Reverse Prints vs. Positive Prints

Positive and negative printed tapes

It’s something we hear again and again from our customers when choosing custom printed tape designs.

“We want to use the black tape Amazon uses.”

If you’ve ever received a box from Amazon, you know what we’re describing: black tape with the company’s name in tan and blue.

However, this tape isn’t black. It is a tan tape, printed with black and blue ink, allowing the original tape color to form the copy.

This is a process known as reverse printing, which is the opposite of positive printing, the traditional style of printing tape.

Positive Printed tapePositive print vs. reverse print

Positive print accounts for a majority of what we do. It’s a custom printed tape design that’s created by printing copy or images directly onto the tape, with the color of the tape serving as the background color.

Reverse printing is print that’s created by printing the background behind the image, leaving the original tape color to form the copy or imagery.

Begative printed tape

You can see an example of this in the Bushwick Tea tape illustration on this page. The tape is white, with black ink that forms the outlines of the lettering and fills the background entirely. The remaining white space on the tape supplies the copy and imagery.

Reverse printing makes for a bold, dramatic look.  Usually, our customers start with a light color tape, such as white, tan, or clear, and choose any range of inks to use as the reverse print.   The contrast between the dark and light colors gives the printed tape a strong visual appeal.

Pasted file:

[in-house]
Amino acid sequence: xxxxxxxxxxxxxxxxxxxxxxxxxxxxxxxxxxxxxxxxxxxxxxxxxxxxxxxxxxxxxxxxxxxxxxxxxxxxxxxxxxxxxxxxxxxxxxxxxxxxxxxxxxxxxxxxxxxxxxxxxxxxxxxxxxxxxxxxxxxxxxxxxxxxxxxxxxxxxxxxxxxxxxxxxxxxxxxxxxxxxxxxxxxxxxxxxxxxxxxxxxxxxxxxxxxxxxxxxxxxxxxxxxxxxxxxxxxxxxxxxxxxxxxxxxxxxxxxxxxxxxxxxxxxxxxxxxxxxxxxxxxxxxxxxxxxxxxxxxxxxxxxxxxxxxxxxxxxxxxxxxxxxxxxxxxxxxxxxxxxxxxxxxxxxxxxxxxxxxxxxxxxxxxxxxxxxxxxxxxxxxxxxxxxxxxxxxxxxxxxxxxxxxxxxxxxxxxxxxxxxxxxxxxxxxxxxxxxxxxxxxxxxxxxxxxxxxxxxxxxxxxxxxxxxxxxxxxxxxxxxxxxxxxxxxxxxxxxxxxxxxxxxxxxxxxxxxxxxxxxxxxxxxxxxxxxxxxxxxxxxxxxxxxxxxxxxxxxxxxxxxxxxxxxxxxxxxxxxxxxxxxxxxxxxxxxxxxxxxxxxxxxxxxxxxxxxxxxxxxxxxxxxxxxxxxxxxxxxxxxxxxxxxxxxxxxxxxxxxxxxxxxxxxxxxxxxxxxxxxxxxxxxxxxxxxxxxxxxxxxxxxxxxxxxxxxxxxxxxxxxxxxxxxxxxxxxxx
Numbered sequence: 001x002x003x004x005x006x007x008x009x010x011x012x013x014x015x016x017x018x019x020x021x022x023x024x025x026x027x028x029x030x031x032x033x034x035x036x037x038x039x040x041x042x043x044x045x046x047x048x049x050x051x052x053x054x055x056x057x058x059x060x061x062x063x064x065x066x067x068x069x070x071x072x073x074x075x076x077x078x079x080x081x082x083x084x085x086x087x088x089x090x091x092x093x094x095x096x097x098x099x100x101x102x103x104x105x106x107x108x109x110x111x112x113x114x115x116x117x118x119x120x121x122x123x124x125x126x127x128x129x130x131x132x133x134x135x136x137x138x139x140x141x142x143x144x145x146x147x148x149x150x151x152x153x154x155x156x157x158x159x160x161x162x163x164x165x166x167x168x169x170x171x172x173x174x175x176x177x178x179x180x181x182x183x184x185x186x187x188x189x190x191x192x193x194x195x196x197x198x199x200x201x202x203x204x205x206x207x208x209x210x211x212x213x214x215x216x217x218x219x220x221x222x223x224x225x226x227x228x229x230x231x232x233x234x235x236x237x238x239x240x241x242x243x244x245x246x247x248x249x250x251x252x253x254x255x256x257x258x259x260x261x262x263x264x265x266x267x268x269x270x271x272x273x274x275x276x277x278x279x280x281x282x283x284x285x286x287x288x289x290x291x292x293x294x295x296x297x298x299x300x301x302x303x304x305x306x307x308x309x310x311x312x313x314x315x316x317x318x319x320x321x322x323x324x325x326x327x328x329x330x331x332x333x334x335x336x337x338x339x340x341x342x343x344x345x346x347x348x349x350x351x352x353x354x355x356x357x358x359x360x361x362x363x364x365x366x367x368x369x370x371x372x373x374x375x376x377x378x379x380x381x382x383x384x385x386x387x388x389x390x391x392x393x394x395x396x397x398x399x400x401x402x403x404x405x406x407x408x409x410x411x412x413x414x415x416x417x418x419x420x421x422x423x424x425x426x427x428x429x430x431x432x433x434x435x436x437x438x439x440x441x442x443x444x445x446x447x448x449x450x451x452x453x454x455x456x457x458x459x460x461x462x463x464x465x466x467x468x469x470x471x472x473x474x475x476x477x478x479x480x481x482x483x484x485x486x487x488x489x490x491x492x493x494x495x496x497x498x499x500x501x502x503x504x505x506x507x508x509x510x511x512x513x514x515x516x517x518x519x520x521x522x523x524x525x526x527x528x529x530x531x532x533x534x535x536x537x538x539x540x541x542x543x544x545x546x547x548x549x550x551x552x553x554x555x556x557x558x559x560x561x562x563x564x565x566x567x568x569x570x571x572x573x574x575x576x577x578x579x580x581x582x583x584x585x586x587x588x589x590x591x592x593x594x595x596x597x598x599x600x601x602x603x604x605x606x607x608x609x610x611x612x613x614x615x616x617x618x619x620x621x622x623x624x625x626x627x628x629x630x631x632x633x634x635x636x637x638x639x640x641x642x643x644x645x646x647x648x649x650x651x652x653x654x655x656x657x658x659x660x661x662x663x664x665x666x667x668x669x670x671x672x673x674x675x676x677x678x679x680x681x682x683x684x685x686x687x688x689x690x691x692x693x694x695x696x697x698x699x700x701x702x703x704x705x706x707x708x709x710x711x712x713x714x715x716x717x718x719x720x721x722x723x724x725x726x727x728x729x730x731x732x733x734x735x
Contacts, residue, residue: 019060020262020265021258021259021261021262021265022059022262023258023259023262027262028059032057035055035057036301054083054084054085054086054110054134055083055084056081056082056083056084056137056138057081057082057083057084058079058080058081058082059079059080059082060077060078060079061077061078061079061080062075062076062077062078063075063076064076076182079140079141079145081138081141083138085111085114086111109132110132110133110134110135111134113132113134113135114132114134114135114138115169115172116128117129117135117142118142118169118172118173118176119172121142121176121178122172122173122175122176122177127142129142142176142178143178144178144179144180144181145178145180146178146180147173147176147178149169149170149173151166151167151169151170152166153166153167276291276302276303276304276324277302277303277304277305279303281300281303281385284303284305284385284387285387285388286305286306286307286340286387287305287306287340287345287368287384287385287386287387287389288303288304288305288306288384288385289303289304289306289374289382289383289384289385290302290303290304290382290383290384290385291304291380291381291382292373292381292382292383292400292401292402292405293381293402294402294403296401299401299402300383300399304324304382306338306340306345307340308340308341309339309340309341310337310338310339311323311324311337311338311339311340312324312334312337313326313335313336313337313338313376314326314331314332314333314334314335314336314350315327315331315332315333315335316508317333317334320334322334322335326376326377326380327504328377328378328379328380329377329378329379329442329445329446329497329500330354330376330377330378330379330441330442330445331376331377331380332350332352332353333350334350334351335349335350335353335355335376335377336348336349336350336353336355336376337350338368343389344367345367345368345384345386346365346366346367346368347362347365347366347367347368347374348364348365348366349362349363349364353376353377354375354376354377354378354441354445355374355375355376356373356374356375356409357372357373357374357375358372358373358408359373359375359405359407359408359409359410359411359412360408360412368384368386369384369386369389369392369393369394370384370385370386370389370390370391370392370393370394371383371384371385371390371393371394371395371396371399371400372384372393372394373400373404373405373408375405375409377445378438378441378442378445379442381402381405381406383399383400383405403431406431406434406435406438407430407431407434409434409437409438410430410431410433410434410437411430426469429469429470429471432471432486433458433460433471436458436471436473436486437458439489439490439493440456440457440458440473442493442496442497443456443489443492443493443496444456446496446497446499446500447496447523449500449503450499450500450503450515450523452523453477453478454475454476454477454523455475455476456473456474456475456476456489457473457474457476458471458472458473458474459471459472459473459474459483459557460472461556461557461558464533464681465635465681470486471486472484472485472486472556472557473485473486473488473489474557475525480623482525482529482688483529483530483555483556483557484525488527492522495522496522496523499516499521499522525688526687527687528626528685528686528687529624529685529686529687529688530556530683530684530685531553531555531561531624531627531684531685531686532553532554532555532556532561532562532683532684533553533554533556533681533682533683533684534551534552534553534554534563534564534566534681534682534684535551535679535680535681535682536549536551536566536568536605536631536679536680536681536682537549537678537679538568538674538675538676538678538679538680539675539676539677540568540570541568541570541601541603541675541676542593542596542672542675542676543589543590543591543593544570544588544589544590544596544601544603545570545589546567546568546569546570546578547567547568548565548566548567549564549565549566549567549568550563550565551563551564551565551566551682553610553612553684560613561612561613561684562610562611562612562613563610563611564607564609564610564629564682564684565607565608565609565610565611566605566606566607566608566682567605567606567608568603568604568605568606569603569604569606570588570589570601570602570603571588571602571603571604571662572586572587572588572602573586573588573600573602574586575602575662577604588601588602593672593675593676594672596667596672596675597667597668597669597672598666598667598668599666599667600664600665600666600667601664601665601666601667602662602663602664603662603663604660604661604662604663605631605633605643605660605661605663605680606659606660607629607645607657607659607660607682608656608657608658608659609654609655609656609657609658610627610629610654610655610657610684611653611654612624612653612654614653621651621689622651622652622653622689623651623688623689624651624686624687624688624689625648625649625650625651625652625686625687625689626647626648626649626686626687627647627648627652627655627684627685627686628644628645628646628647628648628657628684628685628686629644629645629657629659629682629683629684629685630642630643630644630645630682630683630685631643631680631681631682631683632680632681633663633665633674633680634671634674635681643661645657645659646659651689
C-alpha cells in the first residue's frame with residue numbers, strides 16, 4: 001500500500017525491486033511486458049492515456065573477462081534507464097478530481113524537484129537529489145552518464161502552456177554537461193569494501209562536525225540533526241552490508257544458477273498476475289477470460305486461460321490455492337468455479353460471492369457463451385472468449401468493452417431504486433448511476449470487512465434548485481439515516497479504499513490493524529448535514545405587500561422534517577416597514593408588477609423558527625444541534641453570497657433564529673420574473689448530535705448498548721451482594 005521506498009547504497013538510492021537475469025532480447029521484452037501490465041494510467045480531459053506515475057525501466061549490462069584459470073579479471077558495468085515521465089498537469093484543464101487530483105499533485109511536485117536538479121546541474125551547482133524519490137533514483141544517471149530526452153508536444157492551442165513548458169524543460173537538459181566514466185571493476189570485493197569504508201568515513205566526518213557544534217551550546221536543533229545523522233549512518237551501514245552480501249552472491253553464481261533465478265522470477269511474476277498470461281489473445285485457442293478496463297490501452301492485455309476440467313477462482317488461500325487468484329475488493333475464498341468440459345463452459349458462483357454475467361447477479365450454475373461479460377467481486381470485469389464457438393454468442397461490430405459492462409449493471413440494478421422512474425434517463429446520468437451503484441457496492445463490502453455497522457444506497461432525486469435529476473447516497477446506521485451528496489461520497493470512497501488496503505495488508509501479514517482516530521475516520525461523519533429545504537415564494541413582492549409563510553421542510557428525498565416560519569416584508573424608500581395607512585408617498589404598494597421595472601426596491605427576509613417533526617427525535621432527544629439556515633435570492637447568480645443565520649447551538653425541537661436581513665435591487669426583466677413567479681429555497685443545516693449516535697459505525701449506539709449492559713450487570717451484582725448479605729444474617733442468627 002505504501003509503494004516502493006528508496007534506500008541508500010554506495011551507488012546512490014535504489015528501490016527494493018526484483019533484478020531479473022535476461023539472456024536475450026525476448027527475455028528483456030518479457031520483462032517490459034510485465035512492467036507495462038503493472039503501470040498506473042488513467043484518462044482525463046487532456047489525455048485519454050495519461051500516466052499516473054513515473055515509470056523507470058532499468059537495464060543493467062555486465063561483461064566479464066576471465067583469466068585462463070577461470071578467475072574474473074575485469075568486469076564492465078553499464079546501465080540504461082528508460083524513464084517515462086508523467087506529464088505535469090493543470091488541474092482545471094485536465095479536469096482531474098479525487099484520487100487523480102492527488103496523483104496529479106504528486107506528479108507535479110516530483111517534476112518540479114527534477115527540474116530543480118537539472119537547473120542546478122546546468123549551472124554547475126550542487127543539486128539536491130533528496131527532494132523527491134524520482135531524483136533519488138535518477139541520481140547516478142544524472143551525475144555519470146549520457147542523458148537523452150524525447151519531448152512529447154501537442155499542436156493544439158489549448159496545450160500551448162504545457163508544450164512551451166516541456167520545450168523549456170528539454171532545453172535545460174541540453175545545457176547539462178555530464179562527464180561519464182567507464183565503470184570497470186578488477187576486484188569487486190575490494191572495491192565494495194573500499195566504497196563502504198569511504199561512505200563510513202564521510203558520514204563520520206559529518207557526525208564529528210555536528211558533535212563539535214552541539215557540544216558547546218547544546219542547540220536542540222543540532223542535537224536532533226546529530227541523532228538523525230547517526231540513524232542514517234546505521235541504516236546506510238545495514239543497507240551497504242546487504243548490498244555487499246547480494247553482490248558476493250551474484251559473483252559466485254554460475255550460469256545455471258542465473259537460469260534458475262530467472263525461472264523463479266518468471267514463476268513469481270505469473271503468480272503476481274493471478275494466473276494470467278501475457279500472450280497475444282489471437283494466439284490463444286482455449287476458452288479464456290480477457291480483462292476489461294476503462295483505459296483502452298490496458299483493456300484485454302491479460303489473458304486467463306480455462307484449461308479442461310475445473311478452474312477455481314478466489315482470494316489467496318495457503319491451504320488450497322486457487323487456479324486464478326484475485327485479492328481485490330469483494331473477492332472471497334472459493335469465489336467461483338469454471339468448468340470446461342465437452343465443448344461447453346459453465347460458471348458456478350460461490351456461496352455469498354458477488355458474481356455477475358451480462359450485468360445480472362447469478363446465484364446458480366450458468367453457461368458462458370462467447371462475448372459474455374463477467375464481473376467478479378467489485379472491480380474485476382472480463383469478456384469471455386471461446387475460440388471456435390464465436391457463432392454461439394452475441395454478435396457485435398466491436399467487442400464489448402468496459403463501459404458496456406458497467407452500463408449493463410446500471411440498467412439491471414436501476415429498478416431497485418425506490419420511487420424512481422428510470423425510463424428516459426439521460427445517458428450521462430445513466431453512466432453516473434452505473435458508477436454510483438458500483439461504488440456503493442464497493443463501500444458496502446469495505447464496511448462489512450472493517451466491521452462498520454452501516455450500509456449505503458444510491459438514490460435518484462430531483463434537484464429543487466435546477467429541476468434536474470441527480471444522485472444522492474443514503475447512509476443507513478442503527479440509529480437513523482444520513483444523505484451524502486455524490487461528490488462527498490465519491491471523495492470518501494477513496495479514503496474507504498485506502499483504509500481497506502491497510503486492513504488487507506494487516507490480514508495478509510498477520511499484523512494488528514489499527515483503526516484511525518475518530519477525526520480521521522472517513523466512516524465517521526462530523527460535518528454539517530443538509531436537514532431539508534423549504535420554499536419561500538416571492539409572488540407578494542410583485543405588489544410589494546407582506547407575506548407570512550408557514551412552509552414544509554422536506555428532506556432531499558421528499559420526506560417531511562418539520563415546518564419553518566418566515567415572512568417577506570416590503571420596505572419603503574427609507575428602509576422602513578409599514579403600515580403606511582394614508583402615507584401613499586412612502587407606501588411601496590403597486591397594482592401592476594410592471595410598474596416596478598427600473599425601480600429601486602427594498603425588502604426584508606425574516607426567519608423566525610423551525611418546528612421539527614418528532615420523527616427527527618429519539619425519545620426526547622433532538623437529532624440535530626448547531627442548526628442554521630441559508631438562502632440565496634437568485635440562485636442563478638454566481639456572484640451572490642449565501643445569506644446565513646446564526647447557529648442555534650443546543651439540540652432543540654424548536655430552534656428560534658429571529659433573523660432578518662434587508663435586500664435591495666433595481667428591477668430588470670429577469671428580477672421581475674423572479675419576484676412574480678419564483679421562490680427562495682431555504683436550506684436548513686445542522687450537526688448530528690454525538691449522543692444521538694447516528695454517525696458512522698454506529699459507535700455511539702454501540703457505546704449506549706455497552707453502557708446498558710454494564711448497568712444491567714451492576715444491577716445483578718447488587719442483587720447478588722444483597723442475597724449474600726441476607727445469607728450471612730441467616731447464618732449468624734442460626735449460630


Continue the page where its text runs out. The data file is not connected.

A reverse print can have 2 types of looks: a reverse print/non-bleed where the print has a non-printed margin along the edge of the tape; and a reverse print/full bleed, where the ink goes all the way to the edge of the tape.

Flood coats

Flood full bleed printed tape

Let’s say a customer wants the entire surface of the tape to be a specific color, aside from one of the standard tape colors.

We print the entire length and width of the tape in the customer’s chosen ink, then use a second ink to print the logo on top. This is a process known as flood coating.

Flood coating works best when the 2nd ink is darker than the flood coating ink. A good example of a flood coat is the blue Chocolate and red Strawberry flood coated tapes illustrated here.

Deciding whether to use a reverse print or a flood-coated print can be based on what the final look should be.  If the customer wants a red background with white lettering the best option would be a reverse print since printing white ink on a red background would create pink lettering.

Regardless of what type of print you choose, two things remain true when picking custom printed tape:

  1. The better image quality and higher resolution of the art file you provide your printer, the better the final print
  2. Phoenix Tape can print amazing logos and images using both positive and reverse printing methods, using up to three inks with both standard and custom colors. We offer printing on a variety of tape types including PVC, polypropylene, and paper.

If you’d like to know more about our printing options, contact Phoenix Tape. We’ve spent decades helping businesses like yours promote their brands and keep their products safe. Whether you’re seeking positive print or reverse, we can find the right custom printed tape solution for you.